The Oireachtas  is the event that qualifies you for the North American Irish Dance Championships, or North American Nationals (NANs), and the Oireachtas Rince Na Cruine, or the World Irish Dance Championships (A.K.A. the Olympics of Irish Dancing). Three judges at the “O” determine your fate and the opportunity of going forward to the Nationals or the Worlds.

There are roughly 150 dancers in each age group competition of the Oireachtas, and the number and level of competitors increase at the NANs and even more at the Worlds. In all competitions, two or three dancers, from different schools, at a time compete for the judges attention as they dance their two respective dances. The top half of the competition will recall and come back to dance a solo hardshoe dance to their “set” music of their choice. All scores from the three rounds determine the standings. At the O, if you place roughly in the top 25%, you qualify for the NANs. If you place roughly in the top 5%, you qualify for the Worlds. Like the Olympics, each competition’s location changes each year.

There is always going to be someone better than you and you can’t let that get the best of you. There is a reason that person is better than you. They may be working harder or have greater potential, but it is up to you to work up to what you’re capable of, in order to accomplish your goals. Your goals are set for you and you only.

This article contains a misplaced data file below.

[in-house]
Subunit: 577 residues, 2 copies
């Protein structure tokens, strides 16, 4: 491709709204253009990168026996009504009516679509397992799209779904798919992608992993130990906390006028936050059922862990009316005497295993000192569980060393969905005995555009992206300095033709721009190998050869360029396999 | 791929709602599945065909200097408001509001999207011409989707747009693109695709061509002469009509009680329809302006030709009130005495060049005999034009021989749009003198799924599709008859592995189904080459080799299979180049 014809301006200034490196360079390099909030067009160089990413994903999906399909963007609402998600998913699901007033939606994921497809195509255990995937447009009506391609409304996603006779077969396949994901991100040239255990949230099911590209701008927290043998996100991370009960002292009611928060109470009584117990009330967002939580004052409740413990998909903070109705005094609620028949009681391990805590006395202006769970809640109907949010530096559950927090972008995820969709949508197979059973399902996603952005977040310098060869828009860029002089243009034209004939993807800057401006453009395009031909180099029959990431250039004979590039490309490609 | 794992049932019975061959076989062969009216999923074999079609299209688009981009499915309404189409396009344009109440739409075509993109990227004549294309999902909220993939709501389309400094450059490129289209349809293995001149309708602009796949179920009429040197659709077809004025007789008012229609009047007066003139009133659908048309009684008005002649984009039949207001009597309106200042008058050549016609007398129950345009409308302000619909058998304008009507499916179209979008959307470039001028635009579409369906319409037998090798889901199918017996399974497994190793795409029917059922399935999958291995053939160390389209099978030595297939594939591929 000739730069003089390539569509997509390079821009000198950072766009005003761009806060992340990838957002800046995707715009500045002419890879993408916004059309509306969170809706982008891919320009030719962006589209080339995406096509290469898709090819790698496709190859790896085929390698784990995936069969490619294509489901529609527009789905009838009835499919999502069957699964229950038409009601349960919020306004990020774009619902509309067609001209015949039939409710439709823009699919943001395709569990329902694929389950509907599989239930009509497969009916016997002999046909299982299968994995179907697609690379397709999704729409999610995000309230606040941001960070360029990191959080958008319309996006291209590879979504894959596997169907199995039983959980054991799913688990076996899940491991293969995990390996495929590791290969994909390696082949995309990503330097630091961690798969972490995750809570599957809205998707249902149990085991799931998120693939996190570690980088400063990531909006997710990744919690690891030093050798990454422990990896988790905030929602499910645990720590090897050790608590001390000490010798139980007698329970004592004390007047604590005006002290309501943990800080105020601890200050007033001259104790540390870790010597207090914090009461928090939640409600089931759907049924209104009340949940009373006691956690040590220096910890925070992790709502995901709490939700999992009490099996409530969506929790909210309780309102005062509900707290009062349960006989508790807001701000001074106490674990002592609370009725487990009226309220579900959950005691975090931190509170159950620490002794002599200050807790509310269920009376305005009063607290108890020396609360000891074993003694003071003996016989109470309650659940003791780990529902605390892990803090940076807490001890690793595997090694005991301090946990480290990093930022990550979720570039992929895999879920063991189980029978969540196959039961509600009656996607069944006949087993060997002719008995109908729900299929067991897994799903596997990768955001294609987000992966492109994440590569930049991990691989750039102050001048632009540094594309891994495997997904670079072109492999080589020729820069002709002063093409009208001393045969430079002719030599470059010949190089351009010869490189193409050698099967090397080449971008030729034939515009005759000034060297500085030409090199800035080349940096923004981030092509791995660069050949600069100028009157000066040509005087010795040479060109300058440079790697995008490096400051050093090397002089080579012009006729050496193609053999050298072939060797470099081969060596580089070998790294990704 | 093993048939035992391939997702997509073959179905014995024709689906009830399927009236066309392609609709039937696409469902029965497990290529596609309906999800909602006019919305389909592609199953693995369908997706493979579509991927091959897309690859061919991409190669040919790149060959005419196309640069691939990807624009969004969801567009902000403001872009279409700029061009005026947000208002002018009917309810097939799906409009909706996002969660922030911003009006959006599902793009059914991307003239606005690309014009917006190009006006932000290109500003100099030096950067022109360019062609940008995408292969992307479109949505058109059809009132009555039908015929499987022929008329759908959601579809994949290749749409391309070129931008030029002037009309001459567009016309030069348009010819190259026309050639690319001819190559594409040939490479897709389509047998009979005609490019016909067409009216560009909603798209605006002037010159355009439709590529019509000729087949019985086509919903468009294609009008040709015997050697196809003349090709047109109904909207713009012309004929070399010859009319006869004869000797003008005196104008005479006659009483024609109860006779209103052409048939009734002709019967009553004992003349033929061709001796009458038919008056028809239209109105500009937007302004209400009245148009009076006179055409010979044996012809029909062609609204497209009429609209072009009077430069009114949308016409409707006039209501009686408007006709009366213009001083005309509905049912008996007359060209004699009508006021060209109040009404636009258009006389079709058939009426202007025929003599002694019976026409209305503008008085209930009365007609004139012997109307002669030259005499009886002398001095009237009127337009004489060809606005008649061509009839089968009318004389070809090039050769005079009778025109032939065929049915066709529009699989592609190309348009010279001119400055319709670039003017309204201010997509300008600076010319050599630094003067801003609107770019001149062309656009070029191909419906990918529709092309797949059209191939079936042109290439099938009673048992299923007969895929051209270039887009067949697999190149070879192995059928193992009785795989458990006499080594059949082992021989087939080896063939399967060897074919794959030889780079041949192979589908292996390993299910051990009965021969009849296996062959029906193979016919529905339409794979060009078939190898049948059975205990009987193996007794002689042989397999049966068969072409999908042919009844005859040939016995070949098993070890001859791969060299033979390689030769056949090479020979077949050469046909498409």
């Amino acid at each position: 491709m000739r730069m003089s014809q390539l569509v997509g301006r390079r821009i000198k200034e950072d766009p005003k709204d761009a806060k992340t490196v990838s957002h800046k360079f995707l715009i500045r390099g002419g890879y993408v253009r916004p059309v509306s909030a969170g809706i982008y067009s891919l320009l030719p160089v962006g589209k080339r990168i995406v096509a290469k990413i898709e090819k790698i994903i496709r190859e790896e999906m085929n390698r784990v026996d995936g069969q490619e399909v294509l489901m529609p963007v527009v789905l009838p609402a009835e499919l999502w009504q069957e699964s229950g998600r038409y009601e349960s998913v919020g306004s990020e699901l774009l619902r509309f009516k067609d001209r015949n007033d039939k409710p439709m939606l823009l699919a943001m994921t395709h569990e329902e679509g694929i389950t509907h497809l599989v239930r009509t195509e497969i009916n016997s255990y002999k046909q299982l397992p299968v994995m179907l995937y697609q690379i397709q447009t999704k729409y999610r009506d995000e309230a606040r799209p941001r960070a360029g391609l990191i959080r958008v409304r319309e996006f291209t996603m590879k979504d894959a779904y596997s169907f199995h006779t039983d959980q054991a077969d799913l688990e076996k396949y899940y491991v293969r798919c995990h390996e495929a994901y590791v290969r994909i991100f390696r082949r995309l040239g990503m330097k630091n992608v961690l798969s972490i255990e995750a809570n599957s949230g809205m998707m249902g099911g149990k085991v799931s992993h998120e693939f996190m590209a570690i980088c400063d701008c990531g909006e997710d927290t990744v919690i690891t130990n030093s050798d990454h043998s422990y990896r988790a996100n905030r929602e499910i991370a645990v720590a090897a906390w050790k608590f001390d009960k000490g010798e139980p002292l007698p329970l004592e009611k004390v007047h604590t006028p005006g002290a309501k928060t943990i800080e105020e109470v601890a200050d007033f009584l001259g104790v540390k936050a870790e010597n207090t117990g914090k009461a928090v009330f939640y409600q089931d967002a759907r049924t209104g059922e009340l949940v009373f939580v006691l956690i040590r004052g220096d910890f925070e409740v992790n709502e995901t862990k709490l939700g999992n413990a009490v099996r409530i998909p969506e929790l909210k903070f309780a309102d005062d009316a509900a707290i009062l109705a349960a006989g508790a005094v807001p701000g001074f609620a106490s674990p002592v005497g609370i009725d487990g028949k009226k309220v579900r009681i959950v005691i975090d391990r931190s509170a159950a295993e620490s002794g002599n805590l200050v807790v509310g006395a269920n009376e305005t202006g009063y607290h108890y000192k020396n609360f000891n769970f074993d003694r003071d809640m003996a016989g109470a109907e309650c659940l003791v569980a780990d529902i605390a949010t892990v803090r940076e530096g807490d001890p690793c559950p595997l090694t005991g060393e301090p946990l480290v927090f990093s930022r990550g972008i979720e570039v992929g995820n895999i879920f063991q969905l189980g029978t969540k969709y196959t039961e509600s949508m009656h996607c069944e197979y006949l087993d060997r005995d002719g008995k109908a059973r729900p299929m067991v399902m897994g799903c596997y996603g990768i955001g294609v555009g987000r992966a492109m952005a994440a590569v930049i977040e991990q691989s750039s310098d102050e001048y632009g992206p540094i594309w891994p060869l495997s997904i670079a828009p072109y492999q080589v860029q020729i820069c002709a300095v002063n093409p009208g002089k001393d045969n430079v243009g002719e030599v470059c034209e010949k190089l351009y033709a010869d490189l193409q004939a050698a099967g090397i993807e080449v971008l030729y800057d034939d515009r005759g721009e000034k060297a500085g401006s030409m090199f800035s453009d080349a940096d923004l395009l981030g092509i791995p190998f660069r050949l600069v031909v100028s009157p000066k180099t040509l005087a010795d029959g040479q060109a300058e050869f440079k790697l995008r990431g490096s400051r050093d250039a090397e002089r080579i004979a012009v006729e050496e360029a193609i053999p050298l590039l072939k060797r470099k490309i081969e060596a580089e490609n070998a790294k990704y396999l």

I was nine years old when I entered my first Oireachtas. I did not recall, nor did I place. I was devastated, and to make it worse, the new dancer who joined the class placed seventh. I was jealous of her success. She worked hard only because my dance teacher knew she had potential and pushed her, but you could tell that she didn’t love to dance. I loved to dance, I worked hard for my accomplishments, but never got the attentive instruction from my teachers that I wanted so badly. Nevertheless, my competitor and I became the best of friends. I called her “Squeekers” and she called me “Peanut,” but it was hard when she was always in the spotlight. A few years later, she quit and sadly, I never saw her again.